The straight arm Lat push down is a great isolation exercise for the Lats. The Lats are the big muscles on your back that give you a wide V-taper look. Here’s some information on the Lats, their function and why the straight arm Lat push down is one of the best exercises.
Anatomy and function of the Lats
First let’s look at the anatomy of the Lats.
At the lowest point the Lats originate on the Pelvis and Thoracic Spine. The muscle continues to originate all the way up the spine into the Lumbar section. The muscle fibres span a large area and then insert into your Humerus (upper arm bone), just below your shoulder joint.
The main function of the Lat is to:
- Depress the arm (pull it down)
- Adduct (bring your arm towards your body)
- Extend (bring your arm backwards)
- Internally rotate the arm
Why the straight arm Lat push down is so good?
The straight arm Lat push down is a great exercise as it helps isolate the Lats. This means it reduces activation of supporting muscle groups. The Biceps are most commonly used to assist any pulling exercise. However as the Biceps are small muscles, they fatigue much quicker than the Lats. This means that during any pulling exercises, where you are trying to train your back muscles, the Biceps are fatiguing first.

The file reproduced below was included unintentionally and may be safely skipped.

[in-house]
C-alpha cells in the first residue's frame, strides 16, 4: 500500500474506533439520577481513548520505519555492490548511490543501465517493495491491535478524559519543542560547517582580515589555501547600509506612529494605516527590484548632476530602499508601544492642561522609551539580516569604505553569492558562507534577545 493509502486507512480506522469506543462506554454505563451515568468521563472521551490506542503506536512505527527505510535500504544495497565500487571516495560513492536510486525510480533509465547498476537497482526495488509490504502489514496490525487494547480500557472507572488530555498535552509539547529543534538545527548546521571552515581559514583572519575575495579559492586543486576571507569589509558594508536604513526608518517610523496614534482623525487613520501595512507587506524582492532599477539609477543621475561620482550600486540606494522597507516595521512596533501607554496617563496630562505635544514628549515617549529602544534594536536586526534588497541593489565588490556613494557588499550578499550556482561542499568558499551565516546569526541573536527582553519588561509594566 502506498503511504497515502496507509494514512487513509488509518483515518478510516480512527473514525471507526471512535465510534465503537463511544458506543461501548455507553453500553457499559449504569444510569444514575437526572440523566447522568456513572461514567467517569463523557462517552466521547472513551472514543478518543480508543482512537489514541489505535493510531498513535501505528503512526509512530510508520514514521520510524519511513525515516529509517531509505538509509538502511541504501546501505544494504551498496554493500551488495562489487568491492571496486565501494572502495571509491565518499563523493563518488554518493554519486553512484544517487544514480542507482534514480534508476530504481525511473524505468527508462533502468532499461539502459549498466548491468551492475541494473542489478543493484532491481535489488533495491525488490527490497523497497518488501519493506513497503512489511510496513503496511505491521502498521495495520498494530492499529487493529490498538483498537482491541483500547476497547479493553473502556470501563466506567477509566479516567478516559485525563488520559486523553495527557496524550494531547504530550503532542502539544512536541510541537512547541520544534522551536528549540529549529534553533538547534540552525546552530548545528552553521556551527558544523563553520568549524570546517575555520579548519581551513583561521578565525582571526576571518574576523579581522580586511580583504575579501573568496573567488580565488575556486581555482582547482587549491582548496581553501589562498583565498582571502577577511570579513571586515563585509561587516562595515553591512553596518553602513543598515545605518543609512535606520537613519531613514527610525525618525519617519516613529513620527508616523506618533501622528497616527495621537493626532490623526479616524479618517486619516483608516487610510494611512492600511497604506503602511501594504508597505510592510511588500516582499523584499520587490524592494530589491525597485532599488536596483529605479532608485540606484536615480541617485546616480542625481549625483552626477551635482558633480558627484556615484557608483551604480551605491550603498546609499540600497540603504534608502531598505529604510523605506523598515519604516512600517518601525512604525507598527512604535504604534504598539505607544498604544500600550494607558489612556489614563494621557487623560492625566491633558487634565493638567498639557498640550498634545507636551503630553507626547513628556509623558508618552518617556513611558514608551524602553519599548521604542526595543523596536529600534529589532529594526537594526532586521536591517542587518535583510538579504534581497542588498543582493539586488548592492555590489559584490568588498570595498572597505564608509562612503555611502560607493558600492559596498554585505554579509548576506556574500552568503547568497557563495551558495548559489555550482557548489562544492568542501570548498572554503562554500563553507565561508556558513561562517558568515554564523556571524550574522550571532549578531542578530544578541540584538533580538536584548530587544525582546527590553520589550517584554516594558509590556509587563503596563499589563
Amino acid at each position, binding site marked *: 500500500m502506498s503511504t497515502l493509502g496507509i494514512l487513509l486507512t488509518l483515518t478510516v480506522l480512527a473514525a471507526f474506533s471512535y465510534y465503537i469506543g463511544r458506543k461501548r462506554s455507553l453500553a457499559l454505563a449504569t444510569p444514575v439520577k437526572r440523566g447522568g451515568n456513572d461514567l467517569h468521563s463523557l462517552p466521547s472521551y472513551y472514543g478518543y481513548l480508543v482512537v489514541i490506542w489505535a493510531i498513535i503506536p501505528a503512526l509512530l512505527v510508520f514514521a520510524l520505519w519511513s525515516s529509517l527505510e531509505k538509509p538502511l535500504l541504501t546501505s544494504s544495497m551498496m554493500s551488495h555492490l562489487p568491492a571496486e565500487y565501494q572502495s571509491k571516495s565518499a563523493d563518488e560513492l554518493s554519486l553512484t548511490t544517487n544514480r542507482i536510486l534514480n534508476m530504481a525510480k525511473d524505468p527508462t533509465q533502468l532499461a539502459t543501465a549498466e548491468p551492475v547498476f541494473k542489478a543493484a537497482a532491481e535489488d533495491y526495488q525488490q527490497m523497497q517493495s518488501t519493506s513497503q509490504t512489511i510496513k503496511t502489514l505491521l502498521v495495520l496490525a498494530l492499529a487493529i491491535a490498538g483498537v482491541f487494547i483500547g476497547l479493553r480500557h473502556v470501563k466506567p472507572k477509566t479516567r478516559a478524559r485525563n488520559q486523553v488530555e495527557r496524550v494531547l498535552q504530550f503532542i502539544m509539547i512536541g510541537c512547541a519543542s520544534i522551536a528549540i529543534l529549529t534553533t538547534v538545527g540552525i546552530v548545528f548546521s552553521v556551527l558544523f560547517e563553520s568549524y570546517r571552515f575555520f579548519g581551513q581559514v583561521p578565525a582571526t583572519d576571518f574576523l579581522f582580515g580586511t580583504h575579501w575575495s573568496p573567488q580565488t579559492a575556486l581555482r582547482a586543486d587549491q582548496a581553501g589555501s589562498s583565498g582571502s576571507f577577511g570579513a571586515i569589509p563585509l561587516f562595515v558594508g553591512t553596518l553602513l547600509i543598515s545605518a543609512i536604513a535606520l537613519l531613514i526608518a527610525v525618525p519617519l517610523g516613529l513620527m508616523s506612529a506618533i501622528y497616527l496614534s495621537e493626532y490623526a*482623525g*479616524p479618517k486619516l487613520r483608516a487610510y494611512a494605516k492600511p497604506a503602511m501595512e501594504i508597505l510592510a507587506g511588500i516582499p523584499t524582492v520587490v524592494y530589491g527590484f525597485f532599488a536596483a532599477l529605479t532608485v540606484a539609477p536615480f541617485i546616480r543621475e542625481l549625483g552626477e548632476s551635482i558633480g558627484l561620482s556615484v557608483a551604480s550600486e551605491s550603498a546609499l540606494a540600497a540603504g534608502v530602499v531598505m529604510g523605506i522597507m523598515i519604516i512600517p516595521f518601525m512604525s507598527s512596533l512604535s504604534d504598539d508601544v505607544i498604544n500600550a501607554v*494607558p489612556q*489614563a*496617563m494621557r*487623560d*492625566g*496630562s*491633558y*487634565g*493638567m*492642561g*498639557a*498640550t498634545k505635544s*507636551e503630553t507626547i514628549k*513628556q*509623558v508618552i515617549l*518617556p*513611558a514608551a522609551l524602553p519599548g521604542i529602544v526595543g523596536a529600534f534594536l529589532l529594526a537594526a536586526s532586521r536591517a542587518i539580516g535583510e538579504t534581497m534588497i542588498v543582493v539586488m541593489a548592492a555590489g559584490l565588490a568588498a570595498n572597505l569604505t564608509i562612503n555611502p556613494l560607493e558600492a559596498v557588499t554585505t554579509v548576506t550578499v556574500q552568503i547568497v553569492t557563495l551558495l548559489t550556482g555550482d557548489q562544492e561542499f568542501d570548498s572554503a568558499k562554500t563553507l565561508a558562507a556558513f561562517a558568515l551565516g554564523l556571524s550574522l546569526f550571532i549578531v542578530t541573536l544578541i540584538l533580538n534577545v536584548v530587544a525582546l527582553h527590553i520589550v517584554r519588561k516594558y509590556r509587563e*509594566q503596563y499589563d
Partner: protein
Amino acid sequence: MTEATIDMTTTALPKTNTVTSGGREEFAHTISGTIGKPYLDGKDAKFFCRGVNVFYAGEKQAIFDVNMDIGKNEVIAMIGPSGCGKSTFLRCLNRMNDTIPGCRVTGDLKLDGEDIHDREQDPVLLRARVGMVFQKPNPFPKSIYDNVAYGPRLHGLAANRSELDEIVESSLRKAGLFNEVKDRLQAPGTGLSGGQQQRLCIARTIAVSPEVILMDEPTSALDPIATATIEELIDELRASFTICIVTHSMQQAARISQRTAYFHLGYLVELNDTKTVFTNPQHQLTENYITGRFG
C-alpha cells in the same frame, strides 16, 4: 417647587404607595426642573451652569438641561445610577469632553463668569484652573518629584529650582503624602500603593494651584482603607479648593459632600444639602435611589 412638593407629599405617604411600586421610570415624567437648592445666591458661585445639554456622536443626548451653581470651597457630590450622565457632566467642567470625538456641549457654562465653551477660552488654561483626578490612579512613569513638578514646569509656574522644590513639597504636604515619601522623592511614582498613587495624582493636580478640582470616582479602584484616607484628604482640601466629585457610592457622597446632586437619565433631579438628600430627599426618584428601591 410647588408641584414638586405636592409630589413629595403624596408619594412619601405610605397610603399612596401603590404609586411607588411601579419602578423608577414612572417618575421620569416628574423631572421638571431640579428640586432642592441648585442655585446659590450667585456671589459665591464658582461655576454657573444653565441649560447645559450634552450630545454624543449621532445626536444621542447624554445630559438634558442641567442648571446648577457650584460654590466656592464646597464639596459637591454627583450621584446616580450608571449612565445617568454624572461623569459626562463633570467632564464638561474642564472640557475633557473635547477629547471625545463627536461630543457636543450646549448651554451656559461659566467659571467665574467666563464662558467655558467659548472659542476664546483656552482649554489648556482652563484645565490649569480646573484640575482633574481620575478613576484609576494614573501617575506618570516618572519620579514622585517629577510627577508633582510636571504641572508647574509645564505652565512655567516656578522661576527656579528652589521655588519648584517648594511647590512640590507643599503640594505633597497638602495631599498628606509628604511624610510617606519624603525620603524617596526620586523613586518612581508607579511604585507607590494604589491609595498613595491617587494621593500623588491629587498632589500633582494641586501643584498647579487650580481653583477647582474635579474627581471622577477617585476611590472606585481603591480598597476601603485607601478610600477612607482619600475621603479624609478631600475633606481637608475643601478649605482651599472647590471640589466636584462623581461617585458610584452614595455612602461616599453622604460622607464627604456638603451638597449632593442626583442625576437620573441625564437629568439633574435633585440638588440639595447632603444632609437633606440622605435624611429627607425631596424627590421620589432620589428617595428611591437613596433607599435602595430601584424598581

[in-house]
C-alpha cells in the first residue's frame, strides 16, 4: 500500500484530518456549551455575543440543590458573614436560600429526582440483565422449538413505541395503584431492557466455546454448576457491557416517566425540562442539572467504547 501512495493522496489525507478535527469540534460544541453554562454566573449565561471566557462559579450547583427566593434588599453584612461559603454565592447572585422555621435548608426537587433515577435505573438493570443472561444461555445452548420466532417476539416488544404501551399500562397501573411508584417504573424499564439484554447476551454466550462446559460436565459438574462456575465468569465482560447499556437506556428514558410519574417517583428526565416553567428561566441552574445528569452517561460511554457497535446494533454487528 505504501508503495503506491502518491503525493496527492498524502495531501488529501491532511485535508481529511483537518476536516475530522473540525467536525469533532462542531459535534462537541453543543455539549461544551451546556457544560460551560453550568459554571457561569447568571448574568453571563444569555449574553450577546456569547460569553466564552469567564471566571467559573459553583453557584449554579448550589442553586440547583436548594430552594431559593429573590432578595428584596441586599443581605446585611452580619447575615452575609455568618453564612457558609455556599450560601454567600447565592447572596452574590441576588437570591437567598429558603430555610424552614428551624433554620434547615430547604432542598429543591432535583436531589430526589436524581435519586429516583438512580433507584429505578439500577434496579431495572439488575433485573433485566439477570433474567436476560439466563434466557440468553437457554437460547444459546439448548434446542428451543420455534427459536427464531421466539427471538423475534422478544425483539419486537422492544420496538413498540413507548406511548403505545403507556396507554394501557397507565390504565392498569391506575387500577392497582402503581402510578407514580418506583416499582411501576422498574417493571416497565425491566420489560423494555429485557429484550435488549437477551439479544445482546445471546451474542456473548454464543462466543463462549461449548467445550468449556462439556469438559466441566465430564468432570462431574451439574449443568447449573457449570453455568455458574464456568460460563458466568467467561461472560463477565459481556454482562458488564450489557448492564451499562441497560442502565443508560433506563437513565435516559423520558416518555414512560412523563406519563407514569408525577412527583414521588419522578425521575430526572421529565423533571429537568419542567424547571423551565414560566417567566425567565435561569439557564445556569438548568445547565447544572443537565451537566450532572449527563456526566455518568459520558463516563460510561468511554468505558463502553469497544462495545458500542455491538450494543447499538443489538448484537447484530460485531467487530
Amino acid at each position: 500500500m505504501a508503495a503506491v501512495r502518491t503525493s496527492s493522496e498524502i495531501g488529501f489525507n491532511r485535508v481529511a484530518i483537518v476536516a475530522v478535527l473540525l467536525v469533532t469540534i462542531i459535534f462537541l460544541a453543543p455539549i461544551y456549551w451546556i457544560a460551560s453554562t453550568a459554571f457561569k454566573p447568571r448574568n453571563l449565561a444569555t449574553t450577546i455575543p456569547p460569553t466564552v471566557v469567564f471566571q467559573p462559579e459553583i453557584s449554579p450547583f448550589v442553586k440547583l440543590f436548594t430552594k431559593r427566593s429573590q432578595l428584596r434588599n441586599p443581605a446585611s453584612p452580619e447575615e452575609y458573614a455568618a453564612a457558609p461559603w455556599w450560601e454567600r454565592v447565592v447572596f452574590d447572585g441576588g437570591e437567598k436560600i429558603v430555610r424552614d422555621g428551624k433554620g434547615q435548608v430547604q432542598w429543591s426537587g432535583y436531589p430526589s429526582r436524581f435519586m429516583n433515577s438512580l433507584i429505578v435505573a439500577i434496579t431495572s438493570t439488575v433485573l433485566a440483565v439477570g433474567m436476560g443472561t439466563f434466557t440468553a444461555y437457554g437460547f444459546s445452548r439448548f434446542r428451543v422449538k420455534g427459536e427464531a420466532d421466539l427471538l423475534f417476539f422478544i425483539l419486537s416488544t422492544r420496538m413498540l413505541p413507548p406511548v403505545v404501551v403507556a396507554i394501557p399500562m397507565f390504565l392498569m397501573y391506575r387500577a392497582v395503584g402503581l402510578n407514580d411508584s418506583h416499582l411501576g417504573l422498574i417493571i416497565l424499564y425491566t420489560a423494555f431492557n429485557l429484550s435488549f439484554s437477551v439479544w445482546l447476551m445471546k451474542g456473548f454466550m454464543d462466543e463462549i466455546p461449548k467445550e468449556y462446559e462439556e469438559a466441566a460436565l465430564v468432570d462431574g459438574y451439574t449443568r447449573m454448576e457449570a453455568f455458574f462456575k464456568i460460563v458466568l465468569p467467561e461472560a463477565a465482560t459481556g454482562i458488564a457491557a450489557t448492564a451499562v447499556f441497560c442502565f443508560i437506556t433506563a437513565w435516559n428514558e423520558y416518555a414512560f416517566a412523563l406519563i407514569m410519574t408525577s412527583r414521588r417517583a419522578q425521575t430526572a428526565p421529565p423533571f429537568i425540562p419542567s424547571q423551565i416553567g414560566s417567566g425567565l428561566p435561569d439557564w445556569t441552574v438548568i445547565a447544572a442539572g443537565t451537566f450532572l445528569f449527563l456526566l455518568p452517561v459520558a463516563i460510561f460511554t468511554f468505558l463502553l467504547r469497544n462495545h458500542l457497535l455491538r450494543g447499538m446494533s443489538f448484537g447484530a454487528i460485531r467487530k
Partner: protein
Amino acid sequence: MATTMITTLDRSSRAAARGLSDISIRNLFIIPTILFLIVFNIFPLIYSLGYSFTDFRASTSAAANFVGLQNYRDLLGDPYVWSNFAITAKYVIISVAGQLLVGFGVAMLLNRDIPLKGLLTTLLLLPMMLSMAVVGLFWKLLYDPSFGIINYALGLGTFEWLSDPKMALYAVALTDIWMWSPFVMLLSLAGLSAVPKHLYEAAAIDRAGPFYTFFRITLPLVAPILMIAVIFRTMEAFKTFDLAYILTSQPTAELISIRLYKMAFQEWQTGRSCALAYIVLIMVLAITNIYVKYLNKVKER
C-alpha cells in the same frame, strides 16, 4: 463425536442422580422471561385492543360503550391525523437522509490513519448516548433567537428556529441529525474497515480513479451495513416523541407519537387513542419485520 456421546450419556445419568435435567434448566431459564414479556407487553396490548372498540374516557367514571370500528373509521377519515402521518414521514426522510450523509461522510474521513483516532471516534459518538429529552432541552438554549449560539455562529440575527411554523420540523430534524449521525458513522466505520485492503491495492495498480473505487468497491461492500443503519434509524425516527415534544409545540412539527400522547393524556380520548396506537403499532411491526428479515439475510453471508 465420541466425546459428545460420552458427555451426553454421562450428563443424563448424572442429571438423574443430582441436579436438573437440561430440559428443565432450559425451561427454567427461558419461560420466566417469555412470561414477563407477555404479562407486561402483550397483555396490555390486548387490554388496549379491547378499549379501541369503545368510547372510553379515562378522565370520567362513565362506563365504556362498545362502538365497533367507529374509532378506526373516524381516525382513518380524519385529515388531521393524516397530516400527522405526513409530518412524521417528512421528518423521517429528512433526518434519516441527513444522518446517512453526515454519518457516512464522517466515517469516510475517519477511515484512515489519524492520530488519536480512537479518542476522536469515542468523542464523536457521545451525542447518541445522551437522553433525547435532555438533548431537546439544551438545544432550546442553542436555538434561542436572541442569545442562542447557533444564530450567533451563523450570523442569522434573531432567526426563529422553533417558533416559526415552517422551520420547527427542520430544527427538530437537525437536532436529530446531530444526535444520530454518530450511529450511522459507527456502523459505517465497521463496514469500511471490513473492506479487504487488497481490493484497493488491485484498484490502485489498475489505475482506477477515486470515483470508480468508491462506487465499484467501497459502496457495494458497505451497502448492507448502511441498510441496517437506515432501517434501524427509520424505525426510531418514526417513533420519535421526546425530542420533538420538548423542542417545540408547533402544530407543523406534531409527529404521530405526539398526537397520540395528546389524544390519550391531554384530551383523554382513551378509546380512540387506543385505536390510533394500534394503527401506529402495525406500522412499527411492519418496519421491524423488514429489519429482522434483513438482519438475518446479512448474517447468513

By utilising methods such as pre-exhaustion, you can use the straight arm Lat push down to pre-fatigue the Lats. This means you can then continue to fatigue them during subsequent pulling exercises and get a better training effect.
How to perform the straight arm Lat push down
The best tool to use is the Dynamic Bands. This is because at the point of peak muscular contraction the bands are applying the most resistance. Emphasising the squeeze phase of the movement, which is key for muscular activation and growth.
1) From a high anchor point clip in your Dynamic Bands. Grab a hold of the bands and walk away until there is tension on the bands.
2) Facing the anchor point, keeping your arms straight and locked push your hands down towards your hips, keeping the Scapula retracted.
3) Hold your arms by your side for a split second, feeling the squeeze in the mid-lower back.
4) Slowly release the tension, bringing your arms back to the start position.